Australia, the United Kingdom and the United States have agreed to the creation of an enhanced trilateral security partnership – AUKUS.
The security challenges in the Indo-Pacific region have grown significantly. Military modernisation is occurring at an unprecedented rate and capabilities are rapidly advancing and their reach expanding. The technological edge enjoyed by Australia and our partners is narrowing.
AUKUS will build on the three nations’ longstanding and ongoing bilateral ties, and will enable the partners to significantly deepen cooperation on a range of emerging security and defence capabilities, which will enhance joint capability and interoperability. Initial efforts under AUKUS will focus on cyber capabilities, artificial intelligence, quantum technologies, and additional undersea capabilities.
This is an historic opportunity for the three nations, with like-minded allies and partners, to protect shared values and promote security and prosperity in the Indo-Pacific region.
AUKUS will complement Australia’s network of strategic partnerships, including with our ASEAN friends, our Pacific family, our Five Eyes partners, the Quad and other like-minded partners.
First initiative under AUKUS
The first initiative under AUKUS is for Australia to acquire nuclear-powered submarine technology, leveraging decades of experience from the US and UK.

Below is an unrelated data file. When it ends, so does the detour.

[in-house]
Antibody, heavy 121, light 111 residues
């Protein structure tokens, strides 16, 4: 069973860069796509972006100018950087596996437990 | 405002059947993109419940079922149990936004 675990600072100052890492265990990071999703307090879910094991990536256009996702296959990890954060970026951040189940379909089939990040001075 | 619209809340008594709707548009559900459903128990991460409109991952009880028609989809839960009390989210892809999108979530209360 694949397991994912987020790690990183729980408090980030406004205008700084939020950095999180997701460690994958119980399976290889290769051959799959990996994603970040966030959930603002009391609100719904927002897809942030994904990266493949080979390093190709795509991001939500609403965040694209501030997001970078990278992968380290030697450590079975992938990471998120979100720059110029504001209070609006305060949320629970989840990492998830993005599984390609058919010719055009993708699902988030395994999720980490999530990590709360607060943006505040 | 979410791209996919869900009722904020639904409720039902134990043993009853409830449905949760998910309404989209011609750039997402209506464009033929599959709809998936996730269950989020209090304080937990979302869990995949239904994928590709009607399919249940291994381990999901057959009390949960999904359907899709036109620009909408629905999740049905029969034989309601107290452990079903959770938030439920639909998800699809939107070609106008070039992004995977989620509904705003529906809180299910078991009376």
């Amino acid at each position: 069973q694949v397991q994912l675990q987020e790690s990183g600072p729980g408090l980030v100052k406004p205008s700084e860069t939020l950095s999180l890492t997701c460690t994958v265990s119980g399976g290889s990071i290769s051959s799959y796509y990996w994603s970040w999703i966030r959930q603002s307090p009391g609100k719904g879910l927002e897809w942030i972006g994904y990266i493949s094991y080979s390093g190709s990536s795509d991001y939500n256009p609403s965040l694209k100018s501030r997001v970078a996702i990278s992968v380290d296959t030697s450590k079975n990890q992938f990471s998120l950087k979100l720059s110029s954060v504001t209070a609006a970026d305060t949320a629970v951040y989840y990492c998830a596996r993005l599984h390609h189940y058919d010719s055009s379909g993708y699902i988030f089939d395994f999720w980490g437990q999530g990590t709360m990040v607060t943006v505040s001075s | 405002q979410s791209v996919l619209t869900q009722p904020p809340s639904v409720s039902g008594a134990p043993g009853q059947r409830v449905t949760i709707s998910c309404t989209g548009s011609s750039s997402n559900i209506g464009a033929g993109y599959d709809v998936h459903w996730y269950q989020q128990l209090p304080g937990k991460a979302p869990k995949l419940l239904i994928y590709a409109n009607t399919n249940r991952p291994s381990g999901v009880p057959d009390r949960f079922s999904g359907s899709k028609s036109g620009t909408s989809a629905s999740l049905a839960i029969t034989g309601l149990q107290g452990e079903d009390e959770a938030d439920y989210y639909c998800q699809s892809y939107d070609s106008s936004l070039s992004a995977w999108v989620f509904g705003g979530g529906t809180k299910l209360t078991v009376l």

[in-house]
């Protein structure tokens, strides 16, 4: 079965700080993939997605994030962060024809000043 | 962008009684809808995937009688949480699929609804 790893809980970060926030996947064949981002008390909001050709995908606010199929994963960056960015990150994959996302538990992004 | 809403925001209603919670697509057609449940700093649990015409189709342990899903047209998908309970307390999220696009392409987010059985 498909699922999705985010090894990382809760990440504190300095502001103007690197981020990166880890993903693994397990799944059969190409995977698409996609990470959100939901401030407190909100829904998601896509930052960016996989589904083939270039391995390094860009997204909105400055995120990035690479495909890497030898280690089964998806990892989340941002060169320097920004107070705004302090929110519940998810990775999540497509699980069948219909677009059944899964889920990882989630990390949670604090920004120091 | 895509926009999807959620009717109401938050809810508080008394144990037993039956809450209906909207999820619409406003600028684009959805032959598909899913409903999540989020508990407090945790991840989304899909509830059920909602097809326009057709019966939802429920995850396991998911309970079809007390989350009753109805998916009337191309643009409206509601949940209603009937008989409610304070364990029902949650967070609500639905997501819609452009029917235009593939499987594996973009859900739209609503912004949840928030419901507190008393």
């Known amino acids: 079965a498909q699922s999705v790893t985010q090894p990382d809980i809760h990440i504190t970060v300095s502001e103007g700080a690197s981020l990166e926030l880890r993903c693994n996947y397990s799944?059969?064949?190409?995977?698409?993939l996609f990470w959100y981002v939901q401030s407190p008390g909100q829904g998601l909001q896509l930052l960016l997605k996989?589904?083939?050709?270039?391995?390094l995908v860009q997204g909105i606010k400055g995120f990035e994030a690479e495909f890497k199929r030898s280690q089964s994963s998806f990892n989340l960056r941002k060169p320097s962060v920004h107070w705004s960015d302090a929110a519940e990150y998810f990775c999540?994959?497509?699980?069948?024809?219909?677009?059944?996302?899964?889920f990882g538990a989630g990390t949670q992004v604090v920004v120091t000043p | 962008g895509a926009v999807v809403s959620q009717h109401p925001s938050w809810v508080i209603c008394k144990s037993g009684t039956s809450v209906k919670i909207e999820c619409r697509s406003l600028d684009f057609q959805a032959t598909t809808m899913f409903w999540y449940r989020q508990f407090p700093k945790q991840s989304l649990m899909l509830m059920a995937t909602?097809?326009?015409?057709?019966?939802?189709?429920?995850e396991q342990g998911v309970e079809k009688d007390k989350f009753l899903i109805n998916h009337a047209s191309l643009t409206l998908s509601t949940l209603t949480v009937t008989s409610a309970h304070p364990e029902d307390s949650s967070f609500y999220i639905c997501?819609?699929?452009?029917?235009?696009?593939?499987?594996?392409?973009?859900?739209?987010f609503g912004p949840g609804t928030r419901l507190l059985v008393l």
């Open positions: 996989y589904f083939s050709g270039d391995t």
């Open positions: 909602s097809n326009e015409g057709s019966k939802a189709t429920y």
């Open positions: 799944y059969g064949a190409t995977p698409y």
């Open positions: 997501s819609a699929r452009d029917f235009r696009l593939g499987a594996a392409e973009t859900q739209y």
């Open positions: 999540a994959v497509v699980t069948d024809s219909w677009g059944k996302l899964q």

Under AUKUS, the three nations will focus immediately on identifying the optimal pathway to deliver at least eight nuclear-powered submarines for Australia.
Over the next 18 months, Australia, the UK and US will intensely examine the full suite of requirements that underpin nuclear stewardship and demonstrate a clear pathway to becoming a responsible and reliable steward of this sensitive technology. Australia will establish a Nuclear-Powered Submarine Taskforce in the Department of Defence to lead this work.
Nuclear-powered submarines do not have the same limitations that face conventional submarines on weapons storage, speed and endurance. They can stay completely submerged for many months, limiting the opportunities for detection by adversaries.
As a three-ocean nation, it is necessary for Australia to have access to the most capable submarine technology available. As a nation, we are ready to take the step to pursue the most advanced submarine technology available to defend Australia and its national interests.
Australia has no plans to acquire nuclear weapons and this proposal will remain consistent with Australia’s longstanding commitment to nuclear non-proliferation. All three nations are deeply committed to upholding leadership on global non-proliferation.
The Government’s intention is to build the nuclear-powered submarines in South Australia, maximising the use of Australian workers.
Building the submarines in Australia is the best way to develop a strong and effective sustainment industry, which will enable us to meet every requirement to safely operate and maintain nuclear-powered submarines.
Attack class submarine program
The pursuit of nuclear-powered submarine technology means that Australia will no longer proceed with the Attack class conventional submarine program with Naval Group.